The Shadow: Master of DarknessFan Central
Home History Pulp Radio Screen Comic Collector Fan Central links About - Contact
Fan Central
Introduction
Monthly Poll
  2001 Archive
  2002 Archive
  2003 Archive
  2005 Archive
Sequel Poll
  2001 Archive
  2005 Archive
  2009-2010 Archive
Fan Fiction
Fan Art
Tidbits
  Movie
  In Print
  Radio
  T.V.
  Miscellaneous

Site Map
Guestbook
Forum

The Shadow Sequel Poll

What would be the theme for the sequel (i.e. dark and serious, or fun and campy like the 1994 movie, a bit of both, or something else)?

Want to add your own opinion? Email me! Don't forget to read the rules, though.


I think the tone of the sequel should be a mix of humor and drama, just like the 1994 film. In that film, Cranston and Khan had some funny lines, but they still grappled with serious and dramatic issues of good versus evil. The appeal of The Shadow, to me, was the conflict within himself, always stuggling so that the evil doesn't overcome him. To ignore that fact and just make The Shadow a crimefighting detective would be to cheapen the very reason he is interesting. But any serious movie needs a little bit of humor, which could be supplied by his agents (like Moe, Margo, and maybe even another.) And as a final point, I recommend that the movie ignore the Kent Allard connection, and assume that his true identity is Lamont Cranston.

—Nick Martorelli
I would have to agree with Nick. Ignore the Kent Allard connection and go completely with Lamont Cranston. It would have a lot more action, a little more serious story, maybe a bit more challenging for The Shadow... Khan and The Shadow are good representation of Good and Evil. Maybe a final showdown... only Walter B. Gibson knows for sure.

—Qutime
First off, I would disagree that the theme of the 1994 film was fun and campy. I think that the film tried to establish a dark and mysterioso feeling or theme. There was a bit of mild, self-referential humor, like the early James Bond films (On a tangent, but still germaine to the main topic is this: Every action-adventure film that has been released since the Bond films came out have always tried to copy the humor and style of the 007 films. In many cases, they fail, even some of the Bond films of the 1980's. This is a case of a brand-name so overwhelming the market with it's product that every competitor feels they have to copy it just to get noticed. They do, but not in the way they hoped. They usually end up looking inferior to what they copied and veryone will call it a pale imitation of what is being copied)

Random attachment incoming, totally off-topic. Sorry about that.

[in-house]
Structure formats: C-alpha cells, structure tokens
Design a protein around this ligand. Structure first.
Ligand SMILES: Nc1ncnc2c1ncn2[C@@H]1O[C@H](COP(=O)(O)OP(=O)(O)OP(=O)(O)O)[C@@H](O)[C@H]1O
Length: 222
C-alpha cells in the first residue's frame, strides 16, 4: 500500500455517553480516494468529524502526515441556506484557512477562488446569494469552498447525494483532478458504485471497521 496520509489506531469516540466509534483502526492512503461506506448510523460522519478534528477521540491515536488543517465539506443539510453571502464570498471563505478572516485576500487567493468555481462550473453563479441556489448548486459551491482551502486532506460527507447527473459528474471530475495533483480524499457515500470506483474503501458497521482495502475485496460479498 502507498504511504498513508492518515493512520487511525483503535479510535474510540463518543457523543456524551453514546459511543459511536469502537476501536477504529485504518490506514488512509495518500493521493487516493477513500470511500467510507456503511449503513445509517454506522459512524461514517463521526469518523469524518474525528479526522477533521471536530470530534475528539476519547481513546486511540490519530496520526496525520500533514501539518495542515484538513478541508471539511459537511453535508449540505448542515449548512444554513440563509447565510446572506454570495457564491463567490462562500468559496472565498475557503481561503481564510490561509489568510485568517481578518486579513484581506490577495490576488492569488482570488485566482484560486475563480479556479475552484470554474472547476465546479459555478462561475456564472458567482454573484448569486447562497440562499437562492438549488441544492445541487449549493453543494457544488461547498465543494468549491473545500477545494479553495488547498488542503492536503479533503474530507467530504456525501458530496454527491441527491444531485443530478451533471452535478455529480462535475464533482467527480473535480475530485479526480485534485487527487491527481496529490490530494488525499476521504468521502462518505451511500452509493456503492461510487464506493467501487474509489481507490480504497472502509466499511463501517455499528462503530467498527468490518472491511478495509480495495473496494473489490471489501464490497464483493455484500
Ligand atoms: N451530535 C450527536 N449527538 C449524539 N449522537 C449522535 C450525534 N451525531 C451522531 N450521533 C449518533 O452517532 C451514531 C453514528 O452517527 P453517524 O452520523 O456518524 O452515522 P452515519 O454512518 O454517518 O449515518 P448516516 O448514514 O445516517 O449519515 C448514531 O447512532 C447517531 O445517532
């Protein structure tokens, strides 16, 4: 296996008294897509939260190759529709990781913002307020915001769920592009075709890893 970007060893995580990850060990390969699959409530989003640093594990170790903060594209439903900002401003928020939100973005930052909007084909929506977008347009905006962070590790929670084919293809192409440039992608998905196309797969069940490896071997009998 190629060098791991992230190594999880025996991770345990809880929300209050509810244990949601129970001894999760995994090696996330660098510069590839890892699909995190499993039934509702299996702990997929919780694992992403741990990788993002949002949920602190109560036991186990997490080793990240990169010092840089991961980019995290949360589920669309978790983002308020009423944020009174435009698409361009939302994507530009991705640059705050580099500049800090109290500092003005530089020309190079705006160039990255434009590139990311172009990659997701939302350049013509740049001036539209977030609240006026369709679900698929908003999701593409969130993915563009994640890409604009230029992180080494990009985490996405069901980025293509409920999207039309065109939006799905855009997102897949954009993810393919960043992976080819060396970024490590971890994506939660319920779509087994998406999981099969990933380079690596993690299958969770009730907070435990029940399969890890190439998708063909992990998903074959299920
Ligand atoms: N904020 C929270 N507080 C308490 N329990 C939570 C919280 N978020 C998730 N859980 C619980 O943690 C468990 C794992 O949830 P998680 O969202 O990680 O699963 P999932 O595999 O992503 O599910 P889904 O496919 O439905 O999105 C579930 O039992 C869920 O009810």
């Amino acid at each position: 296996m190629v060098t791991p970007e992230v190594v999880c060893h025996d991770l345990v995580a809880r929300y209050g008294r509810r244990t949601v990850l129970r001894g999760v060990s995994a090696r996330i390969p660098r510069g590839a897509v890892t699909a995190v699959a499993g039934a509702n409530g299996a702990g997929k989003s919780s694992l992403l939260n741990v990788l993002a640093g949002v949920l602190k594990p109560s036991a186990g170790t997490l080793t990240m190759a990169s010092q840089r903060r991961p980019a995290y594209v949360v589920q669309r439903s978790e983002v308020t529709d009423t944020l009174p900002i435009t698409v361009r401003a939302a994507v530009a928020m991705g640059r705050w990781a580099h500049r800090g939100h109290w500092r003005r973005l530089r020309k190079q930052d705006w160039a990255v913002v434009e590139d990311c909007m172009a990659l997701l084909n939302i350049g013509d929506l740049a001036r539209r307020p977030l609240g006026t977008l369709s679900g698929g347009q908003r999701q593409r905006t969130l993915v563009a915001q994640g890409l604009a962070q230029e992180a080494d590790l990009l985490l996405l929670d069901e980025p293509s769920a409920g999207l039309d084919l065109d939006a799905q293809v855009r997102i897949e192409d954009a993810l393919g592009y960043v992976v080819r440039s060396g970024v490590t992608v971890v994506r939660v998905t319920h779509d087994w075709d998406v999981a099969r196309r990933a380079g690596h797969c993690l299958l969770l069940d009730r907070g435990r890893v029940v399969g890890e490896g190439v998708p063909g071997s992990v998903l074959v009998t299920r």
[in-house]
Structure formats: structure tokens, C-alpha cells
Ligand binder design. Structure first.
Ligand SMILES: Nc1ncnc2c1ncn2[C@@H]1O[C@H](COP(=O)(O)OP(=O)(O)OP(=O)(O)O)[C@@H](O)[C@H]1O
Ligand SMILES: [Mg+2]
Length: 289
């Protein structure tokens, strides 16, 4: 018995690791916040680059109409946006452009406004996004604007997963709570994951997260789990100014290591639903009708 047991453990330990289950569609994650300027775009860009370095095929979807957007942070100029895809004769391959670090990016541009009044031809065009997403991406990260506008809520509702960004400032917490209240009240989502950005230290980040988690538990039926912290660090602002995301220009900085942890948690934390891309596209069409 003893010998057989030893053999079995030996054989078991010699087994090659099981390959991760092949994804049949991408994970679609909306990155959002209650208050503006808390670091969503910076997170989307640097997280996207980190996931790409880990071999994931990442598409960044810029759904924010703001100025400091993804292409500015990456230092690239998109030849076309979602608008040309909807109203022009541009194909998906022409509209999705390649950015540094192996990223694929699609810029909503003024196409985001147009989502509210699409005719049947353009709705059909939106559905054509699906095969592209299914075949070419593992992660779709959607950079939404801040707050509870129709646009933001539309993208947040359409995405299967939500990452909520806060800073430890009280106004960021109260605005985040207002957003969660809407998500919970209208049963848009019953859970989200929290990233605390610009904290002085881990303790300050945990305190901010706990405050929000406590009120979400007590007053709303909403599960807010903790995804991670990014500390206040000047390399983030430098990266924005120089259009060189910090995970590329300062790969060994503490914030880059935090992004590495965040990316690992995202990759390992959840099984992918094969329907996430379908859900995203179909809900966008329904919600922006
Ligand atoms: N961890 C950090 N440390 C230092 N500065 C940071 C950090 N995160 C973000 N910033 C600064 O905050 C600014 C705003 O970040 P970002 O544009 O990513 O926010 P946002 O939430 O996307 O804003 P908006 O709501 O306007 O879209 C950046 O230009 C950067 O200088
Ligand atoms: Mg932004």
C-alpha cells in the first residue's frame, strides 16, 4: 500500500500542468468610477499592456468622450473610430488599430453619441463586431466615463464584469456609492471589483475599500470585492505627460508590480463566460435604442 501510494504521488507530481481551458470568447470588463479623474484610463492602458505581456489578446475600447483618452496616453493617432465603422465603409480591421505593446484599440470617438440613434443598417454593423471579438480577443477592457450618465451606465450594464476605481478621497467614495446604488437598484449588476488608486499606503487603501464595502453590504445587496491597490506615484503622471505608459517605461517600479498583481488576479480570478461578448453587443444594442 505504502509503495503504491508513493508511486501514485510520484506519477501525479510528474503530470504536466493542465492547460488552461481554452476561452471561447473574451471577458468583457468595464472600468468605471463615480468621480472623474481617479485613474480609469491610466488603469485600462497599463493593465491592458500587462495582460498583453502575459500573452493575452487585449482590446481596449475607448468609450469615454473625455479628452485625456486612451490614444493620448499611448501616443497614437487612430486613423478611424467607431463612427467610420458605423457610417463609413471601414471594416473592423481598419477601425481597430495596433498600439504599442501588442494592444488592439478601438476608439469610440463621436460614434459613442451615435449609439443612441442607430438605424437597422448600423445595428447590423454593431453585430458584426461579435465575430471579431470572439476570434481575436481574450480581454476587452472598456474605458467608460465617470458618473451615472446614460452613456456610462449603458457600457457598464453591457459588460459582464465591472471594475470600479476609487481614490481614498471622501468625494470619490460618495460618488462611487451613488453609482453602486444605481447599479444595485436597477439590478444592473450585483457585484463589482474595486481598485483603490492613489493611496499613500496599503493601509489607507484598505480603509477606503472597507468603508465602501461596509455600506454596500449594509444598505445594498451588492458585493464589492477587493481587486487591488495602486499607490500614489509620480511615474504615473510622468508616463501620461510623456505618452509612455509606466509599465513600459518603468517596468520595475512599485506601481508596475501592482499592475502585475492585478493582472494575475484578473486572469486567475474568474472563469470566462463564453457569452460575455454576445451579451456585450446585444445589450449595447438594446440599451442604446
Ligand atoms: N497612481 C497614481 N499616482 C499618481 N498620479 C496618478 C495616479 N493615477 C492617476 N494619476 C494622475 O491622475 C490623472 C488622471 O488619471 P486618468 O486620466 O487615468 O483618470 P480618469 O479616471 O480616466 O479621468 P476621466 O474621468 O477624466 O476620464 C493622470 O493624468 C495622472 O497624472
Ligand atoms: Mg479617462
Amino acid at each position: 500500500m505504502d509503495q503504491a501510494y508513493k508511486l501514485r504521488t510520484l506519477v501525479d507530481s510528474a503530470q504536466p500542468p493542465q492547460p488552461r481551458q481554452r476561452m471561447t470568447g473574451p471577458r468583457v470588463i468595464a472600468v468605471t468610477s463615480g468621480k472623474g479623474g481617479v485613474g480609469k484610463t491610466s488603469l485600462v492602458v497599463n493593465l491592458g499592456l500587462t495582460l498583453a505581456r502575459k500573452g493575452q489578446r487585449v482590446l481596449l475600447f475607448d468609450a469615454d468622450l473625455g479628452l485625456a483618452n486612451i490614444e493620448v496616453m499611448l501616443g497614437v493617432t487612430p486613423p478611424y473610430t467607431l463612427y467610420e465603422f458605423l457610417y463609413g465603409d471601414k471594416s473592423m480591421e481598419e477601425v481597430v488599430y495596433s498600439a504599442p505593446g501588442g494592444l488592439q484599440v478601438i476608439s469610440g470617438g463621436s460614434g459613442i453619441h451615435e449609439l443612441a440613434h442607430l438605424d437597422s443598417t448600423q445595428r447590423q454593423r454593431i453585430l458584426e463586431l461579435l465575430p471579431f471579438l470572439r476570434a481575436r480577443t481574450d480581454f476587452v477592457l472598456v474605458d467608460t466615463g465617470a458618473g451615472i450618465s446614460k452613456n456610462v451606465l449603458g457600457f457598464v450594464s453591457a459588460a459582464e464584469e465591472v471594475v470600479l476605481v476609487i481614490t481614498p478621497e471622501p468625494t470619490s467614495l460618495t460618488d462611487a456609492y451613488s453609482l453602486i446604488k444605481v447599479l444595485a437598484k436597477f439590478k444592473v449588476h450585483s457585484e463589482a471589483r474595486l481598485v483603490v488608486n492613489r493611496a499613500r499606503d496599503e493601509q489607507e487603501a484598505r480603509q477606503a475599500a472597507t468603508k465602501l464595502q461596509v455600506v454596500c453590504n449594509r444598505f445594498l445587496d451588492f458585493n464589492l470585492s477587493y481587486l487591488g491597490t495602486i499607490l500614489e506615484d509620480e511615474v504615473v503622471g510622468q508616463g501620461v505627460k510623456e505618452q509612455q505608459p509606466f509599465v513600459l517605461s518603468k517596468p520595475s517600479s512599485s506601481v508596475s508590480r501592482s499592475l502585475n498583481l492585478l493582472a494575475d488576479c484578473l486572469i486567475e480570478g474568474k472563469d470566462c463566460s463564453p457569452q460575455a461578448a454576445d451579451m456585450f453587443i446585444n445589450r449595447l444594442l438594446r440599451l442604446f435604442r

The Shadow tried to establish it's own style, indebted to Bond in small ways, but managed to stand on it's own two feet with it's blend of action and humor. The only place that the film truly fell down was the runaway bomb scene towards the end. While I was sitting in the theater watching it, I truly felt a sinking feeling in my stomach as I watched this totally out of place slapstick sequence invade a film that was preceding so well towards a very well done conclusion. Seeing the bouncing bomb roll down the staircase, knocking Margo and Dr. Lane about like bowling pins totally destroyed the mood of the film, making the confrontation between Khan and The Shadow less powerful than it should have been. (In the script of the film, this sequence is not played for laughs. The bomb is released from where it is hanging in Khan's throne room and starts to roll for a hole in the unfinished wall of the Hotel Monolith. Margo and Dr. Lane think it will all be over, but the bomb is too big to fit through the hole and wedges itself there. The defusing sequence follows as in the film.)

If there ever is a sequel, I think the theme should be dark and moody, shadowy and mysterioso. The Shadow preceded James Bond and all other contenporary action heroes by 30 years, if not more. He has a right to choose his own mood and the audience, uncomfortable and unused to the mood, should be open enough to try something new. I hate to keep harping back to the Bond films, but when they first came out, people did not know what to make of them. Were they semi-realistic spy films? Action-adventure? Or, in the broadest sense, were they comedies with very dark humor?

" Where were they going?" asks a workman of Bond after a hearse goes off a cliff.
"I think they were on their way to a funeral, " replies Bond.

Dark and moody should dominate. There will be humor, but it will be appropriate to the piece.

—William Hunt
I think the sequel should be fun and campy like the '94 movie. This was 'pulp fiction' at it's best! When Lamont would influence someone with his mind and the lighting on his face changed or the scene with the bomb rolling, this was pure unadulterarted fun! The way it was meant to be, over the top. Alot of people just don't understand or appreciate pulp for what it is.

—Francis Walker

 

Home | History | Pulp | Radio | Screen | Comic | Collector | Fan Central | Links | About
Webmistress: webmistress@shadowsanctum.net
© copyright 2003 - Present
The Shadow: Master of Darkness
The Shadow is copyrighted by Advance Magazine Publishers, Inc. Disclaimer